November 14, 1970: Southern Airways Flight 932 crashes. The crash occurred in Wayne County, West Virginia near Ceredo. The plane, a Douglas DC-9, had left Stalling Field in Kingston, North Carolina on its way to Huntington Tri-State Airport/Milton J. Ferguson Field. Aboard the plane were the 37 members of the Marshall University Thundering Herd football team. They were returning home from losing a game (17-14) to the East Carolina Pirates in Greenville, North Carolina. Also aboard the plane were eight members of the coaching staff and 25 boosters as well as four flight crew members and one employee of the charter company.
The plane was a 95-seat twin jet engine Douglas DC-9-31. The tail registration was N97S and it was captained by Frank H. Abbot. First Officer was Jerry Smith and Pat Vaught and Charlene Poat were the flight attendants. Also aboard was Danny Deese, a Southern Airways employee who was aboard to coordinate charter activities. At the time, Marshall University teams rarely flew to games. They played in regions where they were easily within driving distance. They vacillated on whether or not to charter a flight for this game and eventually opted to use Southern Airways. They flight was the first for the football team that year.
They left Stallings Field and flew toward Huntington without incident. At 7:23 PM, the flight communicated with air traffic control where they received instructions to descend to 5,000 feet. They were also advised that there was “rain, fog, smoke and a ragged ceiling” which would make the landing more difficult, but not impossible. At 7:34 PM, the crew reported passing the Tri-State Airport’s outer marker. They were given clearance to land.
As they neared on their final approach, the plane collided with the tops of trees on a hillside 5,543 feet west of runway 12. The plane burst into flames and left charred ground 95 feet wide and 279 feet long. According to official reports, the accident was “unsurvivable”. The report went on to say the plane “Dipped to the right, almost inverted and had crashed into a hollow ‘nose-first’.” When the plane finally stopped, it was 4,219 feet short of the runway and 275 feet south of the middle marker. All 75 people aboard were killed. Officials also reported that there could have been an error due to water in the altimeter, thus giving it a false reading. The pilots had never flown into this airport before and there was little visibility of the runway. Therefore they had little option but to believe their instrumentation.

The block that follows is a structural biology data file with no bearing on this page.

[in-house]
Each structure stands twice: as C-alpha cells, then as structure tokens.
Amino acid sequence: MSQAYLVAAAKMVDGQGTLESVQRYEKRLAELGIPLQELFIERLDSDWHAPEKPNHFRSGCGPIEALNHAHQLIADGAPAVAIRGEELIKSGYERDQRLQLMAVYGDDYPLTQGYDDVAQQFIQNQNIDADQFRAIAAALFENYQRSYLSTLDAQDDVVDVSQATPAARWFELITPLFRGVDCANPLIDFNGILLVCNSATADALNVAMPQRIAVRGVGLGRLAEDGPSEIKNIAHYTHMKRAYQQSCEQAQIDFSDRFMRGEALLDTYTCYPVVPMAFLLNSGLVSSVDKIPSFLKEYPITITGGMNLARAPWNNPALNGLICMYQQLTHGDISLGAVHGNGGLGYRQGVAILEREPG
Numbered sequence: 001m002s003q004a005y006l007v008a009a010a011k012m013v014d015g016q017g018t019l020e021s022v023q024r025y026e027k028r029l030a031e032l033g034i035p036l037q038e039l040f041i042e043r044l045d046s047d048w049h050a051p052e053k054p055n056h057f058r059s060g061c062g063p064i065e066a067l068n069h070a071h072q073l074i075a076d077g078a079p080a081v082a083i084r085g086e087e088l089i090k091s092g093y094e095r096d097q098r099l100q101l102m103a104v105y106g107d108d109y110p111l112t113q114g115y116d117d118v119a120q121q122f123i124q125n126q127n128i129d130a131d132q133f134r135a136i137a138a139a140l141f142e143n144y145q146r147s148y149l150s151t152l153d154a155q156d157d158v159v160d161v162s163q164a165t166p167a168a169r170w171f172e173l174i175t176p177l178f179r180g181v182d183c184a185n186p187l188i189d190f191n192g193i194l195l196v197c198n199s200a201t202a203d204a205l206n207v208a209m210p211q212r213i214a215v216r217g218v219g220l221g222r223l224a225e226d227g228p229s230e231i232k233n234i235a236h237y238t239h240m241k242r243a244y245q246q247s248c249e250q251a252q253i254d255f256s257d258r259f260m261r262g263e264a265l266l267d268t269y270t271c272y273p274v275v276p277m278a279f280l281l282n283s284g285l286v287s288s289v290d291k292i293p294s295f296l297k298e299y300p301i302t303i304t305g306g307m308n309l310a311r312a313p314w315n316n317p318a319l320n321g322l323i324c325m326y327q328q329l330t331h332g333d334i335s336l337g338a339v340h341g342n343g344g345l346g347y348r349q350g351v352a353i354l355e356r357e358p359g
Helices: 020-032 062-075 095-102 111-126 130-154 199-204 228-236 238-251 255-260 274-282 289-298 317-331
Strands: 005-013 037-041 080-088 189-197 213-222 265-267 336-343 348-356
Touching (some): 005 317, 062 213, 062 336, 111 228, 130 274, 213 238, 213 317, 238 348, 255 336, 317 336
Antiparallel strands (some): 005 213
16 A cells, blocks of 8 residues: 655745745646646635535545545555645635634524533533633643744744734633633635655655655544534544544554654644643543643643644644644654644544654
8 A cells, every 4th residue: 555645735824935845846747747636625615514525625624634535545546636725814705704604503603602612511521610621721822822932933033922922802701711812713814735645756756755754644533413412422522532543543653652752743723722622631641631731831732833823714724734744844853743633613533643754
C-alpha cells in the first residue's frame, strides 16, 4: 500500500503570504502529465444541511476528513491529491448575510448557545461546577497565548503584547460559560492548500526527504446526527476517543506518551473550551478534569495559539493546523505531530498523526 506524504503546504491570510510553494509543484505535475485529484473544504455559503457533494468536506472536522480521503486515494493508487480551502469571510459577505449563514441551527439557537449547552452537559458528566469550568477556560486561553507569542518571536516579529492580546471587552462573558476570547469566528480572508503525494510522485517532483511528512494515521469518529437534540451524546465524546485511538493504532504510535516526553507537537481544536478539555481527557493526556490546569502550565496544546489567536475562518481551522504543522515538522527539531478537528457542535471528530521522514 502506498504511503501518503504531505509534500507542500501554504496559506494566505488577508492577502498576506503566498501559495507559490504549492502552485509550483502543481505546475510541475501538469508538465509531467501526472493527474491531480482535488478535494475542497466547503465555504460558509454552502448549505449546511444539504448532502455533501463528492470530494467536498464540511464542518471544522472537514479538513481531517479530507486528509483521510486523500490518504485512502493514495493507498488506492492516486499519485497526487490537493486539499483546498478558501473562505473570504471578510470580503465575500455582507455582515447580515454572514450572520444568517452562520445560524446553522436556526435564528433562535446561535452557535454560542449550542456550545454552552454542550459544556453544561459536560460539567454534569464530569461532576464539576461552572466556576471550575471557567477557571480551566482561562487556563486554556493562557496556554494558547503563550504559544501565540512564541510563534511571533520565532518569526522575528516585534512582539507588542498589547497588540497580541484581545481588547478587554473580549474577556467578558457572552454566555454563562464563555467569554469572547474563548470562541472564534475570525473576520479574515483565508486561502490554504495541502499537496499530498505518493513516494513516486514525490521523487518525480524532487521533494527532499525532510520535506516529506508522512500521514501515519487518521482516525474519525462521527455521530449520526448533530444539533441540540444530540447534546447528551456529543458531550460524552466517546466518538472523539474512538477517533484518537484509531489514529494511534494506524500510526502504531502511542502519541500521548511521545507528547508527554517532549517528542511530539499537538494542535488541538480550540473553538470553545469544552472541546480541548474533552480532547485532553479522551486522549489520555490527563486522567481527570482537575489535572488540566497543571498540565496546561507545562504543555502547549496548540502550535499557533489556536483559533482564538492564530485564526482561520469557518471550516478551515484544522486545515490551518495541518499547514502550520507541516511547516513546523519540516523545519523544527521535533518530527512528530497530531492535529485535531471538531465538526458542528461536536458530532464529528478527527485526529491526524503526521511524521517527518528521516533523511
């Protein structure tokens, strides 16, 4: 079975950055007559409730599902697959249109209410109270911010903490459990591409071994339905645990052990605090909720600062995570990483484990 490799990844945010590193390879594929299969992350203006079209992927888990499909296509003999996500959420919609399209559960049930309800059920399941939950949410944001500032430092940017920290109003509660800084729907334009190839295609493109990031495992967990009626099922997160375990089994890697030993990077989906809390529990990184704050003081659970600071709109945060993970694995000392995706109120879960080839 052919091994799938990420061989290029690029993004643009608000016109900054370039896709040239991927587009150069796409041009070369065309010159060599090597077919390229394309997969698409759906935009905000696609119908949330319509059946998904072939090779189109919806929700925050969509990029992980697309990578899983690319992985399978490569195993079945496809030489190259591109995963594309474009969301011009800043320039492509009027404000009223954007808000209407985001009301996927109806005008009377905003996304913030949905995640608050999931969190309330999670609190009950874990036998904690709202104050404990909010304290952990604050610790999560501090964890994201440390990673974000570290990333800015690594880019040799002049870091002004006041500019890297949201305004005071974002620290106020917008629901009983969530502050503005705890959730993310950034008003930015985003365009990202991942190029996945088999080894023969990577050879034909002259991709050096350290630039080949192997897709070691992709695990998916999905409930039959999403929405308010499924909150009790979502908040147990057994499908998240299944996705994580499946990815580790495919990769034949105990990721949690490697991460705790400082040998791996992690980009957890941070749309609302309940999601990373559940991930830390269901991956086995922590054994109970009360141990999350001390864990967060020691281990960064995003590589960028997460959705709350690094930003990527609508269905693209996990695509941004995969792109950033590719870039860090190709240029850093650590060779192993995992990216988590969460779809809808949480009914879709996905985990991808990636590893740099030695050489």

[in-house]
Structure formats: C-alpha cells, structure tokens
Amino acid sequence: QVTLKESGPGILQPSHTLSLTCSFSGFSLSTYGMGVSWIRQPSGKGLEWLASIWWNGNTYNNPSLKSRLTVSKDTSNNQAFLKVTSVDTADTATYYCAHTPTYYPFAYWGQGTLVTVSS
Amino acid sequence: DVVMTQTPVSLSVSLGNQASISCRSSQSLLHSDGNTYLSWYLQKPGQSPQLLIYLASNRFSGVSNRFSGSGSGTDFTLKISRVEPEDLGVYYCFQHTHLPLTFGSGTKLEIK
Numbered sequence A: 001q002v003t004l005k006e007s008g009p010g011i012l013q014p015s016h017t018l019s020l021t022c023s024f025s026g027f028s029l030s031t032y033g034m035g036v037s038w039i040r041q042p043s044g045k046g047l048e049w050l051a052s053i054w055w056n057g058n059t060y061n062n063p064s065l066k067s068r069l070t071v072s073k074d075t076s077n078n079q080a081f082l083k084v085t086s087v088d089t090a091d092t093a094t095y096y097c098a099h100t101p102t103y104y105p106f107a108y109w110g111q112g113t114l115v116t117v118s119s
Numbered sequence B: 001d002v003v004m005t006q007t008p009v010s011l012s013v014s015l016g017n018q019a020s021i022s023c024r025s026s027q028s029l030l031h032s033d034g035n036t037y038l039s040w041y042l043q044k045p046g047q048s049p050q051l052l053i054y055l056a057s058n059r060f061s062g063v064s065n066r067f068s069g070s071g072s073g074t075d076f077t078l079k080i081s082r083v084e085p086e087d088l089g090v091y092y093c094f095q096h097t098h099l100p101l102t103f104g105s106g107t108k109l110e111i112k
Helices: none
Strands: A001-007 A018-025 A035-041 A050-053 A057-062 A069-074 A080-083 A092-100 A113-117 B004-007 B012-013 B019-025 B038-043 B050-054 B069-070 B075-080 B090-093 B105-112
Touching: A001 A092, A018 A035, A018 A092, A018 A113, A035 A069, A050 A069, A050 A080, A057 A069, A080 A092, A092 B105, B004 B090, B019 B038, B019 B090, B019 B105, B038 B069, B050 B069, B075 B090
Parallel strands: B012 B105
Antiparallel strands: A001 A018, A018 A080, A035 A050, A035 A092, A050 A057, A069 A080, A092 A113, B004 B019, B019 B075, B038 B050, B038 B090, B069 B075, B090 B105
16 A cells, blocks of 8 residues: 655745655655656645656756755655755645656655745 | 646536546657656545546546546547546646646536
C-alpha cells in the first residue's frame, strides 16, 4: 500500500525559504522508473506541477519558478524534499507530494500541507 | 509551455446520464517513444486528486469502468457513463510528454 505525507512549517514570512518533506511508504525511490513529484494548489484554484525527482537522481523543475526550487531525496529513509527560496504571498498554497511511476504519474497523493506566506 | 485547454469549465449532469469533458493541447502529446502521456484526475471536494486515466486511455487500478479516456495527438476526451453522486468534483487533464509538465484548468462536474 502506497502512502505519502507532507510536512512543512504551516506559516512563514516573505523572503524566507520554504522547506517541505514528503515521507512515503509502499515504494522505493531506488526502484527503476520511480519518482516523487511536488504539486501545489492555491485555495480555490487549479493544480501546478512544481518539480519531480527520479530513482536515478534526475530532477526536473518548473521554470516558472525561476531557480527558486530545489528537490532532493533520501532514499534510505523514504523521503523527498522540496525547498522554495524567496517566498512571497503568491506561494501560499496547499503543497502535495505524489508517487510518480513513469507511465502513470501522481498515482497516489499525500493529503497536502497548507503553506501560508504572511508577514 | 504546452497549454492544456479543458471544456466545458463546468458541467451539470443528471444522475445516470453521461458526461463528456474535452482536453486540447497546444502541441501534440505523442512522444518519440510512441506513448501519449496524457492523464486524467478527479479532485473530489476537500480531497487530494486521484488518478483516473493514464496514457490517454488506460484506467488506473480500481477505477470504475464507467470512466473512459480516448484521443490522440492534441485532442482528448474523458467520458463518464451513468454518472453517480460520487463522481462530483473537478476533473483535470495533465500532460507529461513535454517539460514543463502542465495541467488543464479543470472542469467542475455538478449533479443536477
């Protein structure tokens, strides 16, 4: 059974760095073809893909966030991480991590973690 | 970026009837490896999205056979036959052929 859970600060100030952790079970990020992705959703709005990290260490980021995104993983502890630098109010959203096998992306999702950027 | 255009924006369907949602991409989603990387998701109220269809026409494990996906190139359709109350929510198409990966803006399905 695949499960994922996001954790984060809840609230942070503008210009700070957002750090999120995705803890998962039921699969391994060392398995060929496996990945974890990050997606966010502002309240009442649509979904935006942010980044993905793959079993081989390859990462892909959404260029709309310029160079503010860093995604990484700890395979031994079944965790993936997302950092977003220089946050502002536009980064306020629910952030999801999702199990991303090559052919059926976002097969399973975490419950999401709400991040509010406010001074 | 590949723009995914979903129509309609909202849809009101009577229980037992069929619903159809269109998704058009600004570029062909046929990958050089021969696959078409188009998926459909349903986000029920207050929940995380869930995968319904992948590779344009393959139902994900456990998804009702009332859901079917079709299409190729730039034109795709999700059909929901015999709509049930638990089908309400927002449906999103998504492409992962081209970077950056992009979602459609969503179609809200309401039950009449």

They shall live on in the hearts of their families and friends forever and this memorial records their loss to the university and the community. – memorial plaque
I wouldn’t mind dying in a plane crash. It’d be a good way to go. I don’t want to die in my sleep, or of old age, or OD…I want to feel what it’s like. I want to taste it, hear it, smell it. Death is only going to happen to you once; I don’t want to miss it. – Jim Morrison
Life is a gamble. You can get hurt, but people die in plane crashes, lose their arms and legs in car accidents; people die every day. Same with fighters: some die, some get hurt, some go on. You just don’t let yourself believe it will happen to you. – Muhammad Ali
The secret of flight is this: you have to do it immediately, before your body realizes it is defying the laws. – Michael Cunningham
Also on this day:
Nellie Bly – Woman Journalist – In 1889, Nellie Bly left for her trip around the world.
The Big Barbecue – In 1957, a Mafia meeting was held in Apalachin, New York.
Sugar and Spice – In 1997, Reena Virk is murdered.